An employee claiming she has discovered wrongdoing at her company and then seeking compensation or claiming protection as a whistleblower is an evermore common risk that every business must be prepared to address. But what happens when the whistleblower reports fraud against the government by an important business customer but no wrongdoing by the company? asks Nancy Harris of Orrick Herrington & Sutcliffe LLP.
Food and nutraceutical companies are increasingly facing a new type of purported class action, one where plaintiffs arrive armed with results from alleged product testing. Knowing how to respond to a product testing claim is vital, particularly now with product testing websites and crowdfunded research, say James Muehlberger and Jeff Lingwall of Shook Hardy & Bacon LLP.
An unresolved question that was brought into sharper relief in the Allergan Inc. takeover battle is whether the 10-day initial filing requirement for Schedule 13D filings should be shortened. Although not necessarily implicated in this case, critiques of the current beneficial ownership regime have focused on the use of derivatives to sidestep the Schedule 13D reporting requirements, say attorneys with Debevoise & Plimpton LLP.
One major change in the debate over U.S. Department of Homeland Security funding — which expires this Friday — is that a Texas federal district judge has issued an injunction against the Obama administration’s immigration policy, essentially putting it on hold. This may be an opportunity for the Senate to avoid the policy riders and pass a clean funding bill, says Richard Hertling and Kaitlyn McClure of Covington & Burling LLP.
Not every data breach is a massive headline-grabbing theft of consumer credit card information. As significant as these events may seem, the more dangerous and prevalent threats are the least visible — occurring through "data leakage." Put simply, this is raw meat awaiting a strike by the plaintiff’s bar, says legal industry adviser Jennifer Topper.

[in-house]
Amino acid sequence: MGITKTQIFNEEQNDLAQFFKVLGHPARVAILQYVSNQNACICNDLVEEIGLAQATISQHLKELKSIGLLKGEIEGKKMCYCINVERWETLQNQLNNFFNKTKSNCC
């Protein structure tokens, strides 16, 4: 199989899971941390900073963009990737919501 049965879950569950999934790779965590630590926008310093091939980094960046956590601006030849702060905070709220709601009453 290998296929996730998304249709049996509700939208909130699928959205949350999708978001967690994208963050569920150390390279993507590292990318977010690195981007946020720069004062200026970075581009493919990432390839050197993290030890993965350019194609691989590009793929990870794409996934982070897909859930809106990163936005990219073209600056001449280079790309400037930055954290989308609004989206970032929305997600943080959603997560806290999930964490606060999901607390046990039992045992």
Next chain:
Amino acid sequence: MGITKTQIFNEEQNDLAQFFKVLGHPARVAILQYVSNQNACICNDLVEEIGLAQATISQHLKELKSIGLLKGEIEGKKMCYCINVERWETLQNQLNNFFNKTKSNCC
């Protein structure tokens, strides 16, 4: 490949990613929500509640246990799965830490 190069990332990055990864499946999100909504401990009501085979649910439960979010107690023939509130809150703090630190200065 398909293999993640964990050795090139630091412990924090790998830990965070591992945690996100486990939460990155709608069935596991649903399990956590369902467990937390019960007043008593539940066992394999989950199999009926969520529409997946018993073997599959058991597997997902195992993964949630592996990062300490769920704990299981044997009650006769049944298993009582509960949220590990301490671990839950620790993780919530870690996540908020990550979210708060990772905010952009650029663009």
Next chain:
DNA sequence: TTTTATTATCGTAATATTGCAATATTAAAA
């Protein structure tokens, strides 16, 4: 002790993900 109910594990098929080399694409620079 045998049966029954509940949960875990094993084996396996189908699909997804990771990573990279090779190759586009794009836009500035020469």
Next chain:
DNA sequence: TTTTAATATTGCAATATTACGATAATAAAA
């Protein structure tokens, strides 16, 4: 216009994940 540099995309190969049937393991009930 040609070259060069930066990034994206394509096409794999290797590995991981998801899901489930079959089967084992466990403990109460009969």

Two takeaways from New York Attorney General Eric Schneiderman's recent investigation into retail dietary supplements are that there is a danger unproven science can be used to attack a company's stores and public image and that retailers should keep track of their suppliers, which includes making sure testing records called for in any sales contract are current, say attorneys at Schnader Harrison Segal & Lewis LLP.
With the House and Senate in recess until Feb. 23, a number of issues compete for priority upon their return — including a possible vote to overturn President Obama’s anticipated Keystone Pipeline veto, nominations for U.S. Attorney General and head of the USPTO, the FCC's net neutrality rules, and an imminent deadline for Department of Homeland Security funding, say Richard Hertling and Kaitlyn McClure of Covington & Burling LLP.
Despite being a relatively recent innovation, the use of contingent fee counsel has become a prevalent tool for state and county attorneys general. Given the lack of success of legal challenges to such arrangements, state legislation aimed at curbing their abuses appears to be the best way of limiting them, says Zia Oatley of Gibson Dunn & Crutcher LLP.